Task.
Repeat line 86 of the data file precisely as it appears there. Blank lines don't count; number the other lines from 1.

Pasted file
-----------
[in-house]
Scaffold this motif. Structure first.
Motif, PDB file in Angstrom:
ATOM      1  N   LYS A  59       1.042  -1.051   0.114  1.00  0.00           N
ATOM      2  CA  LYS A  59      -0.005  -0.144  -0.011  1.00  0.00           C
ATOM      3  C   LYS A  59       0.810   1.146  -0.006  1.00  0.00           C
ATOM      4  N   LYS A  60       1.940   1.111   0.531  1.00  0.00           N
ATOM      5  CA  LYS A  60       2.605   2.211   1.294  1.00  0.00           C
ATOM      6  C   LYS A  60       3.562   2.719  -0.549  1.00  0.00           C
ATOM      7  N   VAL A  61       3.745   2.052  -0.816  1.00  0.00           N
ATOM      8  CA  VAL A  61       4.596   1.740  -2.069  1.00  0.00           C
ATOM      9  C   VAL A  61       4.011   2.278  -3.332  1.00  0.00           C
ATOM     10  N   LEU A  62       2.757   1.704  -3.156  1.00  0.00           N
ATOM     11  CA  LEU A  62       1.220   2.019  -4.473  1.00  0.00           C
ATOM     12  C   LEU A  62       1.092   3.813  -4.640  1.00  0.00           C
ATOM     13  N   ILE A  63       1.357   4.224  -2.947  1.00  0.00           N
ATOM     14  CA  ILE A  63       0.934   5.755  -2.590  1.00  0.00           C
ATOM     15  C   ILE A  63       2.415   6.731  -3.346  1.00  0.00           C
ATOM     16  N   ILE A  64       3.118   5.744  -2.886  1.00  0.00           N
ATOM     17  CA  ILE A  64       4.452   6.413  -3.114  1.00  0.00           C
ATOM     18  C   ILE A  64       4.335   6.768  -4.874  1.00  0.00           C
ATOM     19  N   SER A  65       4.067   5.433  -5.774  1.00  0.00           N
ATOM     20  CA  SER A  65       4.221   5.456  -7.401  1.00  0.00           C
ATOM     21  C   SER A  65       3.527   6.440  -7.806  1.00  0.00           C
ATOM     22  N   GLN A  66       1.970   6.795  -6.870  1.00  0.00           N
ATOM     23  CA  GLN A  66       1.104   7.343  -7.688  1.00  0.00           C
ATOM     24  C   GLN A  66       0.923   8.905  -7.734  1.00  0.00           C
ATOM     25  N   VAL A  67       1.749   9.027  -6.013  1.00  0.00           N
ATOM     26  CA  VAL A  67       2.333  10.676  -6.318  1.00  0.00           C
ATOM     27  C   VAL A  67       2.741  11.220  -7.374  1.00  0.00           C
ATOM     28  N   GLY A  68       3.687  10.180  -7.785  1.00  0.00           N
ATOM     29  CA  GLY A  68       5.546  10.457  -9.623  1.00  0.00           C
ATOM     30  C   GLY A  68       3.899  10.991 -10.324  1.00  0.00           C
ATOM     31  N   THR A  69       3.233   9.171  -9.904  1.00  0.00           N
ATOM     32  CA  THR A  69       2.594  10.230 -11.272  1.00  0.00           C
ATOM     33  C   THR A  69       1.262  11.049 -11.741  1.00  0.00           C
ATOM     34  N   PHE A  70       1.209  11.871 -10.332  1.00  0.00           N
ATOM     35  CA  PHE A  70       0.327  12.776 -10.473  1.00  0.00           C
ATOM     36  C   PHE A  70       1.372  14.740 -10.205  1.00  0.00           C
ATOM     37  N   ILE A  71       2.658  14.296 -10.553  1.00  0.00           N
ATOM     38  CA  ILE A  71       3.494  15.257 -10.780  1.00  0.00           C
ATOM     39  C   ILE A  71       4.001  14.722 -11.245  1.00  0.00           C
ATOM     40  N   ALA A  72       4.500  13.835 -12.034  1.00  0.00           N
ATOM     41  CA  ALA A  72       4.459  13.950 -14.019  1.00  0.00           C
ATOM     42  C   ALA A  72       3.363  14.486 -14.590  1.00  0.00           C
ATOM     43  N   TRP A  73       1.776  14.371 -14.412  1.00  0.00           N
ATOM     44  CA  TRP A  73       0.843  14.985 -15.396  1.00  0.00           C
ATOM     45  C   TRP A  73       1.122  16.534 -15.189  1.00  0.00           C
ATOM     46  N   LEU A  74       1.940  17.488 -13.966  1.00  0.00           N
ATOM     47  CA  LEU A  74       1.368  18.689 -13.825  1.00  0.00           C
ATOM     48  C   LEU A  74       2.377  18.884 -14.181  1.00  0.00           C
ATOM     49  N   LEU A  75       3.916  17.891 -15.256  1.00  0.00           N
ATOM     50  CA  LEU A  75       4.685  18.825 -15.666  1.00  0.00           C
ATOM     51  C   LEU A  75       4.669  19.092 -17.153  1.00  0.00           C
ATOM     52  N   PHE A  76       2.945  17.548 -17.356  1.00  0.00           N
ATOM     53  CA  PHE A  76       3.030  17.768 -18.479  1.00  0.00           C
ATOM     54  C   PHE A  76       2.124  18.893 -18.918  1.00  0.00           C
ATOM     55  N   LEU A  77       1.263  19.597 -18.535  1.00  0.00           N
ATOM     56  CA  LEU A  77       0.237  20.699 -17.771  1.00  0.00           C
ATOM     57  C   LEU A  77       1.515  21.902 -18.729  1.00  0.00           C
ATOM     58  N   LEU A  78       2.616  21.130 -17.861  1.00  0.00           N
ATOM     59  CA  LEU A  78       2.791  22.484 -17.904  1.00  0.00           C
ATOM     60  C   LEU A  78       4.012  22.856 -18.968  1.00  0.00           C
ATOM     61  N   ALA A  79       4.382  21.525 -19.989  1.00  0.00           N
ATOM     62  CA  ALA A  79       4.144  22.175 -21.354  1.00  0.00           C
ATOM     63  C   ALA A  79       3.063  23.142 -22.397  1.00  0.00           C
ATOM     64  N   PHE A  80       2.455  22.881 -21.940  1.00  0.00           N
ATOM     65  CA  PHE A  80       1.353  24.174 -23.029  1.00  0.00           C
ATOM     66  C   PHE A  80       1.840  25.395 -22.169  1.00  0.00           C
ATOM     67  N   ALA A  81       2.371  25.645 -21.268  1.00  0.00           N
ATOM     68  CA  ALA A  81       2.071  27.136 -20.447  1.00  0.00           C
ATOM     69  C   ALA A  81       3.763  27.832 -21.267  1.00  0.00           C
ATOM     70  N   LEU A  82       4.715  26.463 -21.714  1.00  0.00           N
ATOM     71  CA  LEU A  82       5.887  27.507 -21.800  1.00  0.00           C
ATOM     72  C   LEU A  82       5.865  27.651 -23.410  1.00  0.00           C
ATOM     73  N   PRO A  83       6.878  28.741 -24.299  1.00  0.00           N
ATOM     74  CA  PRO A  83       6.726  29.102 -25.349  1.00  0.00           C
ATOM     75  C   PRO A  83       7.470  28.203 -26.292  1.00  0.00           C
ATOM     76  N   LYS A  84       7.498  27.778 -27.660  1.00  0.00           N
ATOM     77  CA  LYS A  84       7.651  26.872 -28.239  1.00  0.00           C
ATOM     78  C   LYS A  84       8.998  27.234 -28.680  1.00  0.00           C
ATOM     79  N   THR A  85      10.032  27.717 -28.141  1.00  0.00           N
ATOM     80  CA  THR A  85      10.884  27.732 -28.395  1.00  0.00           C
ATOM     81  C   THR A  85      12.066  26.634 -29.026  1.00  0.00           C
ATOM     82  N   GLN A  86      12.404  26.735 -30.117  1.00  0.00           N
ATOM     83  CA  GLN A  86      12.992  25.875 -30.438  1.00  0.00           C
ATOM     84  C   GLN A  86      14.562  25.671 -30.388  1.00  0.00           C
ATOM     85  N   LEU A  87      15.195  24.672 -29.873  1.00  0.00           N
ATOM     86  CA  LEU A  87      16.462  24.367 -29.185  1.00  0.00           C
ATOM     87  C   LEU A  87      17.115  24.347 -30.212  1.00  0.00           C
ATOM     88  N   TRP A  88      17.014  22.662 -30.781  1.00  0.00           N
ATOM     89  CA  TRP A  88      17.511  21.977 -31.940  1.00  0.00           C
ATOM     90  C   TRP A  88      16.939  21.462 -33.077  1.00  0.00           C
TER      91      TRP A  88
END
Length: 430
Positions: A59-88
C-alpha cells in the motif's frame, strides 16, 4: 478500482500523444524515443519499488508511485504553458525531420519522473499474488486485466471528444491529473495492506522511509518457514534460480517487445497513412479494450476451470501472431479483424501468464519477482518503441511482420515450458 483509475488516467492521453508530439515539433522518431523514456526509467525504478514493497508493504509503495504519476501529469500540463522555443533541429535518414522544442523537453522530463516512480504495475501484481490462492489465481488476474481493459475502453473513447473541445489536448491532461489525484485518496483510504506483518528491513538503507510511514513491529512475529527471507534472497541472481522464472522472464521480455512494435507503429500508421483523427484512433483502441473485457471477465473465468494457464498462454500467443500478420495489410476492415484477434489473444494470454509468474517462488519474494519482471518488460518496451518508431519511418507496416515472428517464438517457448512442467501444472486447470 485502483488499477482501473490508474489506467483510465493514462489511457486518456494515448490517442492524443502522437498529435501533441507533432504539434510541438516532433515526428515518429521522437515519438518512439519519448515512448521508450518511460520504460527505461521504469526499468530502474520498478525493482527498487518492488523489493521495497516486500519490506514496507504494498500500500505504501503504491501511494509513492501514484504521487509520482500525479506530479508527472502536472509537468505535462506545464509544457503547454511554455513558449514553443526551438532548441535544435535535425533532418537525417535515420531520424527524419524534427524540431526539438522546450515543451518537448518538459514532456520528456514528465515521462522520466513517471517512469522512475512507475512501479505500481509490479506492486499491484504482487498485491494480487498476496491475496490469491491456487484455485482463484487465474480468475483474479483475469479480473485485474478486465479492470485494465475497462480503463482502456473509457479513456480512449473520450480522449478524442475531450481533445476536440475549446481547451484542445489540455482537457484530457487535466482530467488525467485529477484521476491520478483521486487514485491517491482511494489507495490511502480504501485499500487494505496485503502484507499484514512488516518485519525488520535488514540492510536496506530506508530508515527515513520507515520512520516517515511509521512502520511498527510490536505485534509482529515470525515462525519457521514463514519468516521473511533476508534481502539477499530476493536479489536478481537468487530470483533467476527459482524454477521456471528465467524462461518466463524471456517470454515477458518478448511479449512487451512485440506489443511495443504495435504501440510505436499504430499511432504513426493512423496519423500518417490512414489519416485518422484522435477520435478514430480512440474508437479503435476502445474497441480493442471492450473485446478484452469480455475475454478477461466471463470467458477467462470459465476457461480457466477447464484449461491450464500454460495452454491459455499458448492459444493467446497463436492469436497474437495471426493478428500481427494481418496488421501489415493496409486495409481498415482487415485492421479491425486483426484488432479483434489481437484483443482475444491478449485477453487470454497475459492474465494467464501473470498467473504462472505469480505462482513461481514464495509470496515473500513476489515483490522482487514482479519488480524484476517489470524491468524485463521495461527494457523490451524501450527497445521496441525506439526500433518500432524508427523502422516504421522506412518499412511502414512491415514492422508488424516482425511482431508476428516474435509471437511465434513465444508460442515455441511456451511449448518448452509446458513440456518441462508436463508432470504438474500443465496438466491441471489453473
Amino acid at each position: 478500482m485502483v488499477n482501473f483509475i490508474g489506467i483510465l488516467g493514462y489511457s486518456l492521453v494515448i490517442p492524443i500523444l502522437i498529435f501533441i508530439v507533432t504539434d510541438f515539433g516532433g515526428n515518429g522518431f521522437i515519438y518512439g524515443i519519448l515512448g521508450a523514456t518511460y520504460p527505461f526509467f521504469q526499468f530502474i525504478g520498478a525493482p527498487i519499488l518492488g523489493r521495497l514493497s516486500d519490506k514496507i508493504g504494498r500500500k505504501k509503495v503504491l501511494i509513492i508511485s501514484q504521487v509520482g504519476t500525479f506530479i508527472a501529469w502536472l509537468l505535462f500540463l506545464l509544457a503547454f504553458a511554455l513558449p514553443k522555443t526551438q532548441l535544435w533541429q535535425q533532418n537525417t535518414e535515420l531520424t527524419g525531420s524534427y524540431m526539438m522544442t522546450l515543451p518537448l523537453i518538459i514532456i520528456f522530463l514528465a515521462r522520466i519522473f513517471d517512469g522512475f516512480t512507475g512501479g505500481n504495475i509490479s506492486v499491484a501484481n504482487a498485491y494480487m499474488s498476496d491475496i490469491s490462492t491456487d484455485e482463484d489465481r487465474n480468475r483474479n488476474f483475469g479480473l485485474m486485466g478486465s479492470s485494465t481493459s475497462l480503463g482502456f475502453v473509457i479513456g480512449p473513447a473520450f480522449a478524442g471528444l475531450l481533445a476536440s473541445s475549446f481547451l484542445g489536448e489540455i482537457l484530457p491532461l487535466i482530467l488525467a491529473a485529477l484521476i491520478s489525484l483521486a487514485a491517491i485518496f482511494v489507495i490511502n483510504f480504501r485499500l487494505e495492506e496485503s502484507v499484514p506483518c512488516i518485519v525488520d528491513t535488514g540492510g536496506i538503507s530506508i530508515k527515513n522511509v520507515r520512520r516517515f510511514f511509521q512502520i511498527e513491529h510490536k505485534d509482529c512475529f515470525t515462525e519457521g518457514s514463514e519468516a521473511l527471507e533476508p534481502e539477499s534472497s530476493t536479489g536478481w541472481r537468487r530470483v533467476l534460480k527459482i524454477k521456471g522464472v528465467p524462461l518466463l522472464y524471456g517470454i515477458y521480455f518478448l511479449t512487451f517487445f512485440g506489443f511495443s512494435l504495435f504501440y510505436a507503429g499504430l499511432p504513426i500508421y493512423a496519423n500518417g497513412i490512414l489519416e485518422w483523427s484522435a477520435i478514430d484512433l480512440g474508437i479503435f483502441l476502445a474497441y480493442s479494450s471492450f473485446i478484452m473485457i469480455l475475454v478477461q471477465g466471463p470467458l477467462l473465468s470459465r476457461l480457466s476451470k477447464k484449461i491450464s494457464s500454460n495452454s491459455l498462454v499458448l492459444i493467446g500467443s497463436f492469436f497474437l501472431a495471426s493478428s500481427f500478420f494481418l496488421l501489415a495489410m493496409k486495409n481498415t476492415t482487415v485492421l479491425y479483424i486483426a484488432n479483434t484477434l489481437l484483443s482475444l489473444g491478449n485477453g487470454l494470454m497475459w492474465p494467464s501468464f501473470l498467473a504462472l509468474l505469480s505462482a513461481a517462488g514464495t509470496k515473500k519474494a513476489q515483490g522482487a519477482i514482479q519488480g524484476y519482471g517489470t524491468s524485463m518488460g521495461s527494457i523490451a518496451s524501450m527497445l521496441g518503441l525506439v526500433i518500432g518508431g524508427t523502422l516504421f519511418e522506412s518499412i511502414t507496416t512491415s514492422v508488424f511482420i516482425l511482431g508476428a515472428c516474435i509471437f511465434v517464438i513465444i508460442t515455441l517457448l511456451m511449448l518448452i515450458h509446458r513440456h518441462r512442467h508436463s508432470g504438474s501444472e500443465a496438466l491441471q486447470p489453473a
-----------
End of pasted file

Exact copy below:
ATOM     83  CA  GLN A  86      12.992  25.875 -30.438  1.00  0.00           C